‘So this is our plan to build a stronger economy, protect public services and make sure we look after our most vulnerable.’

An accompanying tweet read: ‘The UK is facing the effects of the global economic crisis. Difficult decisions need to be taken now to drive down inflation – the hidden tax eating into household budgets. The Cabinet has set out why we are prioritising stability, growth and public services’.

The UK is facing the effects of the global economic crisis.

Difficult decisions need to be taken now to drive down inflation – the hidden tax eating into household budgets.

The Cabinet has set out why we are prioritising stability, growth and public services ⬇️ pic.twitter.com/VOUg5AMBeh

Tax thresholds freeze

The ultimate stealth tax could rake in billions as a four-year freeze on income tax thresholds is extended to six years. The basic rate threshold will stay at £12,571 until 2027, while the starting point for 40p tax will be held at £50,271.

Council tax hike

The decade-long cap on council tax increases is expected to be lifted to 5 per cent, putting £100 on an average Band D bill.

Pensions and benefits

The Chancellor is expected to raise pensions and benefits in line with the September inflation figure of 10.1 per cent, which will see the new state pension rise by £18.70 to £203.85 a week.

Energy bills

Liz Truss’s energy price ‘guarantee’ to cap average bills at £2,500 for two years will now be raised to around £3,000 from next April. A universal one-off payment of £400 this winter will not be repeated, meaning millions will be an average of £900 worse off.

45p tax

The PM vetoed plans to restore Labour’s 50p top tax rate. But he has accepted proposals to lower the starting threshold from £150,000 to £125,000, which could drag around 250,000 high earners into the top rate for the first time.

Social care

The Chancellor is expected to delay the flagship cap on social care costs by two years, with officials predicting it will save £1 billion next year.


Mr Hunt is expected to announce public spending cuts totalling around £33 billion. Some capital projects face curbs, such as prison building.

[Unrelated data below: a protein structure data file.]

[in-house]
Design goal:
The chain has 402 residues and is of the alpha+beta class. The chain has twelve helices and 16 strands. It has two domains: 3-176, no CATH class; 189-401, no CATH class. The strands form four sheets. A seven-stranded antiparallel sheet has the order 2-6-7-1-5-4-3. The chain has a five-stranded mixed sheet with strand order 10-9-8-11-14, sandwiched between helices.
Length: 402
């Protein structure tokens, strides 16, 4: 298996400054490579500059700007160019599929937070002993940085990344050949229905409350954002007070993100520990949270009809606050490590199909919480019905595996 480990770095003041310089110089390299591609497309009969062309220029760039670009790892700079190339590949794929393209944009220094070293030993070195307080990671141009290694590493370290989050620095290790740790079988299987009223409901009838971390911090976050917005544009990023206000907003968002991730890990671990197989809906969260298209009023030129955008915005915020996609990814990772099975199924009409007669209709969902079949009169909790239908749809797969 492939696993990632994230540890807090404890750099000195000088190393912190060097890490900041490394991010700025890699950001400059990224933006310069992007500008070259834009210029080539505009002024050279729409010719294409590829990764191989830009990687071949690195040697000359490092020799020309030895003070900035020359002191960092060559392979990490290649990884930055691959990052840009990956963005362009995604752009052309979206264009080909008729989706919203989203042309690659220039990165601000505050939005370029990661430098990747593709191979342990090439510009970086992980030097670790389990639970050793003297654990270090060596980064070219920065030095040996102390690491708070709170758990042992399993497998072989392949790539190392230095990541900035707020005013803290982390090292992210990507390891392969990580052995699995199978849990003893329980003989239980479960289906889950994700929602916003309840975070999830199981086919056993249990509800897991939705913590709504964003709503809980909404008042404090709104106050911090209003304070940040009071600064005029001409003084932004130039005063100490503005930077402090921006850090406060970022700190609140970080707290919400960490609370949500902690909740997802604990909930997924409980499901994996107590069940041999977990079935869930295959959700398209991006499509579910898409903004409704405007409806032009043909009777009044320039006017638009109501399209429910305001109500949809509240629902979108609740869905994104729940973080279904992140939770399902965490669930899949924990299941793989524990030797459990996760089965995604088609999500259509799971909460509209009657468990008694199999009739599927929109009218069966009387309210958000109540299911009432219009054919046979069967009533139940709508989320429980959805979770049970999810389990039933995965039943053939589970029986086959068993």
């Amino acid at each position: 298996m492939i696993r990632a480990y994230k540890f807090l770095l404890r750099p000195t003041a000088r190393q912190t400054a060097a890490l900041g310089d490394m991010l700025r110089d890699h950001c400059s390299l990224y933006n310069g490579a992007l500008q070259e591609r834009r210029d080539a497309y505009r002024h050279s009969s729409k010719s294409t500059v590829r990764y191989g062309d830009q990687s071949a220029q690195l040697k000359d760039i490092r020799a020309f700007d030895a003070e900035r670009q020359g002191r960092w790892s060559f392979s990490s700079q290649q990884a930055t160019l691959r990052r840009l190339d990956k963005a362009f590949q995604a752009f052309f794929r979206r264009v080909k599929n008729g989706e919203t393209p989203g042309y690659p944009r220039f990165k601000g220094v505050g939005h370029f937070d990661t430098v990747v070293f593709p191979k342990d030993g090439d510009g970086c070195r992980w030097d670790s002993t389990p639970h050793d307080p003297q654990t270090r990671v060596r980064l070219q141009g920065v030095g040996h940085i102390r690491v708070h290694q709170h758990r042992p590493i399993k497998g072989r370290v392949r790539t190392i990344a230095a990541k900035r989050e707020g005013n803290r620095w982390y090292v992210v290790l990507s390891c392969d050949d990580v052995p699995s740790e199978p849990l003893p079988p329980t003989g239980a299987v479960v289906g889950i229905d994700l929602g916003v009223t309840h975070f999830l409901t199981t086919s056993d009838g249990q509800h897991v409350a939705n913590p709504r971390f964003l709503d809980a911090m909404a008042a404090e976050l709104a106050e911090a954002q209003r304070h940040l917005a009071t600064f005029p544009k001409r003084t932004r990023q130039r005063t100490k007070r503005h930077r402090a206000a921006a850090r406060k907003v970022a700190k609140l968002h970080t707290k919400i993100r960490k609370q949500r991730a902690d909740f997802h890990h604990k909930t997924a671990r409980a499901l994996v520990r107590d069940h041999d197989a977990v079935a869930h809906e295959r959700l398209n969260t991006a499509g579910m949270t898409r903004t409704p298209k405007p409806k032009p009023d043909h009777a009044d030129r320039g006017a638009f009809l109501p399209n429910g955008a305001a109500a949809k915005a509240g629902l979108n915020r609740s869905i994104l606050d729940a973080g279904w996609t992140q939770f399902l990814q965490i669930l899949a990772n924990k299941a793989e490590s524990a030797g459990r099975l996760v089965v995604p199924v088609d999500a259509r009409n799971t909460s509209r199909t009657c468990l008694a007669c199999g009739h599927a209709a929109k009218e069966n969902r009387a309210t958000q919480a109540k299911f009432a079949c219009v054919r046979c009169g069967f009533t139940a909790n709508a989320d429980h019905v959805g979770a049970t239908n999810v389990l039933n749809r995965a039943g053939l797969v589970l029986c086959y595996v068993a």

Saving and investment

The £12,300 tax-free allowance for capital gains tax is set to be halved to around £6,000. The annual £20,000 limit for ISA savings will be frozen.

Windfall tax

The 25 per cent levy introduced on oil and gas profits this year could be increased to 35 per cent and is likely to be extended until 2028.


Electric vehicles are set to be charged vehicle excise duty for the first time.

Britain is bracing for the Chancellor’s grim £54billion package of tax rises and spending cuts.

Jeremy Hunt will call for ‘sacrifices’ in order to bring down inflation, which jumped to a 41-year high of 11.1 per cent.

The Chancellor, who raised taxes by £32billion last month, will announce a further £24billion in tax hikes, taking the overall tax burden to a new post-war record as part of a ‘plan for stability, growth and public services’.

Torsten Bell, chief executive of the Resolution Foundation think tank, said he was expecting some ‘pretty bad economic news’.

Good morning and welcome to MailOnline’s live coverage of Chancellor Jeremy Hunt’s 2022 Budget.

Follow all the latest updates on the Autumn Statement as Britain braces for a brutal package of tax rises and spending cuts. 

Source: Read Full Article